Mercer Makes a Case for the Tax Exclusion

Be careful what you wish for. Mercer has long been a member of the Alliance to Fight the 40, a group dedicated to convincing Congress to repeal the 40% excise tax on high-cost plans. Now, while the excise tax is likely to be thrown out along with many other parts of the Affordable Care Act, GOP lawmakers are contemplating capping employees’ tax exclusion for employer-sponsored health plan premiums – and many of the threshold numbers being bandied about are more onerous than the excise tax thresholds.  Unlike the excise tax, which would be paid by employers or health plans, a cap on the exclusion would mean employees would pay income and payroll tax on the value of their health coverage that exceeds the threshold amount.

The Alliance to Fight the 40 arranged a “Hill Day” earlier last week – non-stop brief meetings with influential policymakers. Mercer’s healthcare reform leader Tracy Watts had drawn on various resources to assemble compelling data to support protecting the tax-favored status of employer coverage – the source of health insurance for 177 million Americans – and dispatched two of the contributors, Moshe Radinsky and myself, to make the case on Hill Day while she toured mid-western states briefing clients.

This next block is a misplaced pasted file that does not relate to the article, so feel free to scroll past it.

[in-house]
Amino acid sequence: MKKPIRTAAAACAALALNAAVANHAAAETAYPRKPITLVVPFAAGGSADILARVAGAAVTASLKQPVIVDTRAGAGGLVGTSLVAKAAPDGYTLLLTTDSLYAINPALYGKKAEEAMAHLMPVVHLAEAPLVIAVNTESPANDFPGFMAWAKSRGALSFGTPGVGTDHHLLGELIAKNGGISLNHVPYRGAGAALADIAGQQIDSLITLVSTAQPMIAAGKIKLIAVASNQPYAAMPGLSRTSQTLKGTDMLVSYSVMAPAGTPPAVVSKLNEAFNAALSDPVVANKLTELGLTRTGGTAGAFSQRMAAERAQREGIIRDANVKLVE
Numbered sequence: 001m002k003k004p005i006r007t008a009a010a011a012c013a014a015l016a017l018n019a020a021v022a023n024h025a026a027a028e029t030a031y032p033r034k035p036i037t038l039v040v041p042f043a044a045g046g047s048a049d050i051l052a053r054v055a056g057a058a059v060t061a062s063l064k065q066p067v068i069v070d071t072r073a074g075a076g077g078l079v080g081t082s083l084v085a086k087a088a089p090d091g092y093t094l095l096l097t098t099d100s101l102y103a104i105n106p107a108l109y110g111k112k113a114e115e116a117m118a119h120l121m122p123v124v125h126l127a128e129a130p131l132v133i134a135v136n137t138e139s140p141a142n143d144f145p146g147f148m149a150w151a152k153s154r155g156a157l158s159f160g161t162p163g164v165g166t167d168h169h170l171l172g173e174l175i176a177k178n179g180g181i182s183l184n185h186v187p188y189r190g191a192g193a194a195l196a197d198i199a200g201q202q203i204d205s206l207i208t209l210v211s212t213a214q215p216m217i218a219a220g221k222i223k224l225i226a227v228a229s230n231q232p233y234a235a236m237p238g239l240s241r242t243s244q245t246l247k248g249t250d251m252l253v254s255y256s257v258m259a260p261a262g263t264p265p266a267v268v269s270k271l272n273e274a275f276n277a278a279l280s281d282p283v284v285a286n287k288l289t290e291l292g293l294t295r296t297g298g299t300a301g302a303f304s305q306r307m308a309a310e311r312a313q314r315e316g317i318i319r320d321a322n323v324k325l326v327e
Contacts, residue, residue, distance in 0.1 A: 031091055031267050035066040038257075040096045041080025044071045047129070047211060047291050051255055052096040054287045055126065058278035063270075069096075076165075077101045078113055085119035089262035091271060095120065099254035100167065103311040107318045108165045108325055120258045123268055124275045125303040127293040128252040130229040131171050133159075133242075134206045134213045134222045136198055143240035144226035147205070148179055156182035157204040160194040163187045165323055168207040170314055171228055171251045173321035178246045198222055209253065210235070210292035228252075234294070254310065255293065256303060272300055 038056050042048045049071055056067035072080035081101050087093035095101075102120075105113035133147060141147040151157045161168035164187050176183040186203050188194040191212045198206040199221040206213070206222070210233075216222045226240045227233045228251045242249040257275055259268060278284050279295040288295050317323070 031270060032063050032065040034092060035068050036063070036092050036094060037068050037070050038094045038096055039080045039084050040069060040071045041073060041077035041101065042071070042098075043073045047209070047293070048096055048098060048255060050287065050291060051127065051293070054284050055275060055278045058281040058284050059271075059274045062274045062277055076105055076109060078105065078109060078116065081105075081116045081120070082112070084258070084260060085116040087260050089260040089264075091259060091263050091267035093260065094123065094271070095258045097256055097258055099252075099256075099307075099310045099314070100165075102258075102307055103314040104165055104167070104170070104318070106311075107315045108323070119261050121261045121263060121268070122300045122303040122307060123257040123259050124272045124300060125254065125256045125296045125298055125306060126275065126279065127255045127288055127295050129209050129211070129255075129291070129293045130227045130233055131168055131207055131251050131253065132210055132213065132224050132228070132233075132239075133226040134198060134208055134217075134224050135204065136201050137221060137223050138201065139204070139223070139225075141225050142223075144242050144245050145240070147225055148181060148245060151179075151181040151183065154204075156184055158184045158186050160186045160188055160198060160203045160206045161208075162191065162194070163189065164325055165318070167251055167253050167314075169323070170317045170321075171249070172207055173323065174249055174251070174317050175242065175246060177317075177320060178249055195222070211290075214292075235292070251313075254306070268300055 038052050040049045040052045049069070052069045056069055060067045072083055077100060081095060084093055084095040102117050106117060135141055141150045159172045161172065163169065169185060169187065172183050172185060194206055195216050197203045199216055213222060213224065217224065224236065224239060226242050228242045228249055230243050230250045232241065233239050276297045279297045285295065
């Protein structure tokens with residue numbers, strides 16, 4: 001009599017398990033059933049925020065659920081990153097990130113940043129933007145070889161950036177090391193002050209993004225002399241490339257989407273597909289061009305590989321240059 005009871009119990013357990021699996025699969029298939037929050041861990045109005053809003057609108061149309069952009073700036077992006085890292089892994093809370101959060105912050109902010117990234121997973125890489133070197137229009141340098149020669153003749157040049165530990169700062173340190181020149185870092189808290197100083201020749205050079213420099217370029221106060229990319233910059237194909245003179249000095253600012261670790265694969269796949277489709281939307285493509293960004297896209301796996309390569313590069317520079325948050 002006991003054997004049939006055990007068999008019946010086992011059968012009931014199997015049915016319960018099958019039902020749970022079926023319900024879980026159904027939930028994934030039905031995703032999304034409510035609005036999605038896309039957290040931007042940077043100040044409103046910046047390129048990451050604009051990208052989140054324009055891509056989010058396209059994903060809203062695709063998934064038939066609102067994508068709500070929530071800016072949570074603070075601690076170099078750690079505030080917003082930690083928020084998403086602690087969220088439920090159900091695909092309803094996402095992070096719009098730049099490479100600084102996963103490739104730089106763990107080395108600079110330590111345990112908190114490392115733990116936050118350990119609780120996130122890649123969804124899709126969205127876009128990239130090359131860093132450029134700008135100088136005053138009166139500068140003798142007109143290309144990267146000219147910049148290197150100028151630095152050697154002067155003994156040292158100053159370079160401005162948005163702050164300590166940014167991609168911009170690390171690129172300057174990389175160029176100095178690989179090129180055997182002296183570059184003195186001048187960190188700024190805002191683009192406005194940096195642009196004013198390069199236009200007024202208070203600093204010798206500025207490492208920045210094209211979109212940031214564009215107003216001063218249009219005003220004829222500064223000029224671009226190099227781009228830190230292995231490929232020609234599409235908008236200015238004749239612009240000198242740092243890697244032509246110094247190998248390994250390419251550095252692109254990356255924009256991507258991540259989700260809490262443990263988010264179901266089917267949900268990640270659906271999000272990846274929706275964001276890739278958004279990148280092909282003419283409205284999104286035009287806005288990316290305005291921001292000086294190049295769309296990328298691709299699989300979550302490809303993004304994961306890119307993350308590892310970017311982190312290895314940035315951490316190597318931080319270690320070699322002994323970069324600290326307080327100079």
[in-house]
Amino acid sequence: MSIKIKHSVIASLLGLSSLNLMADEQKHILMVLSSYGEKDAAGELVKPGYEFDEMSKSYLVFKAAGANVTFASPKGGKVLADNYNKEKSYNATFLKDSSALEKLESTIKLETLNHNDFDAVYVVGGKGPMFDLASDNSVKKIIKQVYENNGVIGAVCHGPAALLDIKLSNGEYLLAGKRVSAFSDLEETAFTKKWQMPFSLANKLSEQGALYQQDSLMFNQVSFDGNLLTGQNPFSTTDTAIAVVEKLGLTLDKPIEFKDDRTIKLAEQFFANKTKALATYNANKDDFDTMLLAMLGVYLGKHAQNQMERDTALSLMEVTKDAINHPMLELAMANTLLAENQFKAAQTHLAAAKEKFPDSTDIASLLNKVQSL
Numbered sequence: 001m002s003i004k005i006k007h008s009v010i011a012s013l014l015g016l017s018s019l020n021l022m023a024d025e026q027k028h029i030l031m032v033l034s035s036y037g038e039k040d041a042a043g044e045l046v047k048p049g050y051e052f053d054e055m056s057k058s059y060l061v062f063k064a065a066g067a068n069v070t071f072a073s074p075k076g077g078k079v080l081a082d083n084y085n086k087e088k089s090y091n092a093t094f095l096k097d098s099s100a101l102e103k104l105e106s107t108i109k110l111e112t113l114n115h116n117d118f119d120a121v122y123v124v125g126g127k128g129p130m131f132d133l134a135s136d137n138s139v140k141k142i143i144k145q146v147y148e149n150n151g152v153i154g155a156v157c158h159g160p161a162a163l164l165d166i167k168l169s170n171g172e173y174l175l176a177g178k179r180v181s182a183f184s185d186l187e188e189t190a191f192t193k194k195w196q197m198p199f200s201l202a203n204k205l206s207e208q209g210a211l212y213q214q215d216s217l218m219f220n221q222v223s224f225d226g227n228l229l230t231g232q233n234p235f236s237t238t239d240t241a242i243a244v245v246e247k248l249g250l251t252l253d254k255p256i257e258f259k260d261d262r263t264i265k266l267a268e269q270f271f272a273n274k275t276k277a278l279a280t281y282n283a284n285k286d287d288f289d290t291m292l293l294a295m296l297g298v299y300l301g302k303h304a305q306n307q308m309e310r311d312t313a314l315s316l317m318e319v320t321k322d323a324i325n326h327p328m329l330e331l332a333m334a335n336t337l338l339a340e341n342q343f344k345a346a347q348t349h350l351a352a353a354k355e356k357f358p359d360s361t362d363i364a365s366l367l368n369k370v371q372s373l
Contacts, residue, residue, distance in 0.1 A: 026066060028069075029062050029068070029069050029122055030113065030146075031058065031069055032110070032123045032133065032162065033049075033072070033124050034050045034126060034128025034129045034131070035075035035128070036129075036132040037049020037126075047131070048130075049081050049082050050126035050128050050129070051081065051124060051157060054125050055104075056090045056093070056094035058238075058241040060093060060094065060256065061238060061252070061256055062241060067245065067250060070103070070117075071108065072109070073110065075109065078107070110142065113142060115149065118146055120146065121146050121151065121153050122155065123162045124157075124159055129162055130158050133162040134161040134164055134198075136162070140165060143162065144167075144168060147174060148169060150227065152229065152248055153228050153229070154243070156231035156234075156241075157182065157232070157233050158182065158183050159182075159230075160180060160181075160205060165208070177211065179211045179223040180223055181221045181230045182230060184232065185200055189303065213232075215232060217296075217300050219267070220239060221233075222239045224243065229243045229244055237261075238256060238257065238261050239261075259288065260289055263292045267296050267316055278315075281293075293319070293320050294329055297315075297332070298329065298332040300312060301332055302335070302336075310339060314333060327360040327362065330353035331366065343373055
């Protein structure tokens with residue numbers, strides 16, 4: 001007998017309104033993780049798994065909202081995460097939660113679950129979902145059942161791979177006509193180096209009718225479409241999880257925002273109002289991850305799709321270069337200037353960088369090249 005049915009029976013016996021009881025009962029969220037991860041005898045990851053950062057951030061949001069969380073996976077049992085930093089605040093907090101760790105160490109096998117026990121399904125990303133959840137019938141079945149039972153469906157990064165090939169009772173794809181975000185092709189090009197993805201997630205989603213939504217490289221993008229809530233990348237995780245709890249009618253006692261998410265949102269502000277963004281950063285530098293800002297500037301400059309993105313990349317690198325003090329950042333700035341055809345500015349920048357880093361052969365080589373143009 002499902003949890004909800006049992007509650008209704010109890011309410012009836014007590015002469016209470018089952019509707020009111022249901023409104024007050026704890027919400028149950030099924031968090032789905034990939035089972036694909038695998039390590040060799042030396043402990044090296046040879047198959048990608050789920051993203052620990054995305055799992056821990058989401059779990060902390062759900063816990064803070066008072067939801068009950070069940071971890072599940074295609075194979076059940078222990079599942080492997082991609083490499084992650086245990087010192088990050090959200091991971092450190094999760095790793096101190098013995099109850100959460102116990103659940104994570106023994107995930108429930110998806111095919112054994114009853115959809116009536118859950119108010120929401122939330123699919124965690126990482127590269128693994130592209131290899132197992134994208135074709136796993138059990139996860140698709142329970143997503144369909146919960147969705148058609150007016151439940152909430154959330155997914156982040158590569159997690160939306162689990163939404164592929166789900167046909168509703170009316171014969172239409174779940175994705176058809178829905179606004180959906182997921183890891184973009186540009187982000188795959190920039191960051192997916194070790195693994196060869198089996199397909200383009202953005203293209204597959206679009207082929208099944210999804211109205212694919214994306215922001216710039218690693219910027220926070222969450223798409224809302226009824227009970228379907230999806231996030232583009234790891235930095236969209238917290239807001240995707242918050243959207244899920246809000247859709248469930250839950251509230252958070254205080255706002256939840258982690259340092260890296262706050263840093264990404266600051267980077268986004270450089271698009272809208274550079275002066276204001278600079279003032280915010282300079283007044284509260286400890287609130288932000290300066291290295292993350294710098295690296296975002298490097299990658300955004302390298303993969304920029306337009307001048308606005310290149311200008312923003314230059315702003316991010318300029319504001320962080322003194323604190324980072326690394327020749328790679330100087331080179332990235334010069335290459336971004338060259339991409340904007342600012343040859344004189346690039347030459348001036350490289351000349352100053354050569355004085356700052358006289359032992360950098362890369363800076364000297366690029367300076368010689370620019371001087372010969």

Shepherded expertly around the Hill (note to self: leave the heels home next time) by Washington Resource Group veteran Geoff Manville and Alliance colleagues, we attended six meetings with key staffers. Many of these folks seemed to be working around the clock to sketch out the long-awaited ACA replacement plan, which could wait no longer. There was a palpable sense that we were in the right place at the right time – staffers had a “need to know” and the meetings were brief but intense. Our message, in four bullets:

  • Benefit richness is only one factor driving cost.  A cost-based tax penalizes employers with older workers, more women, in high-cost health markets.
  • Capping the tax exclusion at the levels being considered will affect more employers than the excise tax.
  • Indexing the cap at CPI when health cost rises at several times CPI guarantees that eventually all employees will be taxed.
  • Low-income families will see the biggest increase in effective tax rate under a cap.

The first look at a replacement plan was rolled out last week – by some of the groups we met with – and it did not include a cap.  Insiders say it’s still to come. Meanwhile, we’re planning another trip.

Beth Umland
by Beth Umland

Director of Research, Health, Mercer

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